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Relatórios Apresentados por Portugal aos Órgãos de Controlo da Aplicação dos Tratados das Nações Unidas em Matéria de Direitos Humanos*

ONU Summary record of the 1327th meeting : Austria, Mongolia, Portugal. 22/03/99. CERD/C/SR.1327. (Summary Record)


SUMMARY RECORD OF THE 1327th MEETING, Held at the Palais des Nations, Geneva, on Tuesday, 16 March 1999, at 3 p.m.

Chairman: Mr. ABOUL-NASR

later: Mr. SHERIFIS


- Eleventh to fifteenth periodic reports of Mongolia

- Draft concluding observations concerning the eleventh to thirteenth periodic reports of Austria

- Draft concluding observations concerning the fifth to eighth periodic reports of Portugal

The meeting was called to order at 3.10 p.m.


Eleventh to fifteenth periodic reports of Mongolia (CERD/C/338/Add.3)

1. At the invitation of the Chairman, Mr. Bold, Mr. Tumur and Mr. Erdenebulgan (Mongolia) took places at the Committee table.

2. Mr. TUMUR (Mongolia) said that his Government hoped to learn valuable lessons from the Committee's examination of its report which he trusted would provide an impetus for furthering the implementation of the Convention in Mongolia.

3. During the 10 years since the submission of the previous report, Mongolia had witnessed radical changes in its political, social and economic system. The democratic reforms begun in 1990 had resulted in the dismantling of the old regime and Mongolia had become a country with parliamentary governance and a multiparty system; it was making a steady transition from a centrally planned to a market economy.

4. The new Constitution of Mongolia, adopted in 1992, included a special section proclaiming all human rights and fundamental freedoms. Over the period, a whole series of legal reforms relating to human rights had been introduced, with the adoption of 300 new laws, the amendment or revision of 200 other laws; a total of 50,000 legislative acts had been adopted.

5. In addition to establishing the legal framework for implementation of the Convention, Mongolia attached particular importance to human rights education, and had held a number of seminars on human rights with the cooperation of the Centre for Human Rights technical assistance programme, for lawyers, law enforcement officers, educators, governmental and non-governmental officials and other professionals. Raising public awareness of human rights and strengthening human rights education in Mongolia would remain major objectives for the Government.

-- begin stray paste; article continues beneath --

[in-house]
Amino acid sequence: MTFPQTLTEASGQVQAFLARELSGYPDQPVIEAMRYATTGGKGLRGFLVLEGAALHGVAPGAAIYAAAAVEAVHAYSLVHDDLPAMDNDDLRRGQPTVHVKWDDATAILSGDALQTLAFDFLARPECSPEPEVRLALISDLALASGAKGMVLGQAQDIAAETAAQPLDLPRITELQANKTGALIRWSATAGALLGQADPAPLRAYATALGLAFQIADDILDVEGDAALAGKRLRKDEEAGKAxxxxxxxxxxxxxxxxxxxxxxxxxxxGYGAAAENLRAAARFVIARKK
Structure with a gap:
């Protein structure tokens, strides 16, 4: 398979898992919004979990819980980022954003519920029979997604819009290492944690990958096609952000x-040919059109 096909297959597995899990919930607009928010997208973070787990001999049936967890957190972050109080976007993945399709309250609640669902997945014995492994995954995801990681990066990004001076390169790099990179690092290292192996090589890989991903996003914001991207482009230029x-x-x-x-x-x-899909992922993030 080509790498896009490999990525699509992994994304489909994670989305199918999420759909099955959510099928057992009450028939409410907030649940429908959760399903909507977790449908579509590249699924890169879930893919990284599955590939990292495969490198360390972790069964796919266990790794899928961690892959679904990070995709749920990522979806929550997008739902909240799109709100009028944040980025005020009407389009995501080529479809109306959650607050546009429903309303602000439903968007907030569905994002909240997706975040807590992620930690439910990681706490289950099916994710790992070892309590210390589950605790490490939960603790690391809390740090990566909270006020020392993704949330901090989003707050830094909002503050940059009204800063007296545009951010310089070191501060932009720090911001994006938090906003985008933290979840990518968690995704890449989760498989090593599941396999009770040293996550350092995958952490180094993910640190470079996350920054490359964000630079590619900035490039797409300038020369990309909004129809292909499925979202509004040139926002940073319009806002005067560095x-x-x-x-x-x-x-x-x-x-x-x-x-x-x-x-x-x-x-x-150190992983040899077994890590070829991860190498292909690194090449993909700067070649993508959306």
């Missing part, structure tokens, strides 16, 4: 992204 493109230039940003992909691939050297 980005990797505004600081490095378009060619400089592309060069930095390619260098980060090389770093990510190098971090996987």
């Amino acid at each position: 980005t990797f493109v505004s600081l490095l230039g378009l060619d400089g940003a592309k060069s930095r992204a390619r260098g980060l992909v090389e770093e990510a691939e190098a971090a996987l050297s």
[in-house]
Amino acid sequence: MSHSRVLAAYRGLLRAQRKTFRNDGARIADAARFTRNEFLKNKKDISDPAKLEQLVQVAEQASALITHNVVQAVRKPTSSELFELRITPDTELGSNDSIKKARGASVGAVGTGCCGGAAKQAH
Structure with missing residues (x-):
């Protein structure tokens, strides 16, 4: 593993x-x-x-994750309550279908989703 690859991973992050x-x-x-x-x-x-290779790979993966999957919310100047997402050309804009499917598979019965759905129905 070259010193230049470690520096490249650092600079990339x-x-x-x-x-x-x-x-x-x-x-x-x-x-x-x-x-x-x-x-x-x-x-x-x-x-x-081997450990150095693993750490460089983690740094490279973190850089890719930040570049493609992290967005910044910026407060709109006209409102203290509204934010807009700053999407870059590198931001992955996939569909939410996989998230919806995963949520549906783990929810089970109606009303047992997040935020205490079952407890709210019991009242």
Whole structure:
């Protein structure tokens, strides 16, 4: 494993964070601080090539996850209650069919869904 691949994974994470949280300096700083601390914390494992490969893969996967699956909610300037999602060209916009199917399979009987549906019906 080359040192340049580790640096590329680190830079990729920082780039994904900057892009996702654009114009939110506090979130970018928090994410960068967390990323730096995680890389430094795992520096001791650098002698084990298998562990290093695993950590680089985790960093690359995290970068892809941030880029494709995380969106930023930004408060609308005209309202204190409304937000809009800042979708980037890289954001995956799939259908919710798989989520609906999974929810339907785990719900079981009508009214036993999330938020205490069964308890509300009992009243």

6. Once the legislative foundations for the protection of human rights were laid, it was important to build mechanisms to ensure the implementation of the laws. Because Mongolia was under economic and financial strain, financial and technical assistance from international organizations and the donor community was needed to operate such structures.

7. In conclusion, he assured the Committee of his Government's strong commitment to compliance with its obligations under international human rights instruments and its will to do its utmost to ensure that all human rights were protected.

8. Ms. ZOU (Country Rapporteur) welcomed the resumption of dialogue with Mongolia after nearly a decade. The report had largely followed the Committee's guidelines, but was too simple in content and gave too little information on specific legal provisions and actual implementation of the Convention. The Committee hoped that supplementary information would be provided by the delegation or in the next report.

9. Regarding the demographic composition of Mongolia, there were 15 ethnic groups, the largest being the Khalkhas, who accounted for 81 per cent of the total. Of the remaining 19 per cent, the largest minority group was made up of Kazaks, accounting for 6.1 per cent and constituting the most important non-Mongol ethnic minority. They had their own language, religious beliefs and customs and were concentrated in the western part of the country. During consideration of the previous report, Committee members had requested more information on the Kazaks, but the current report gave no information beyond their percentage of the total population. Were their religious beliefs respected and were there any mosques where they could worship? Could they use the Kazak language in the courts in the areas where they were concentrated? Were their ways and customs respected? What measures had the Mongolian Government taken to preserve their identity and customs?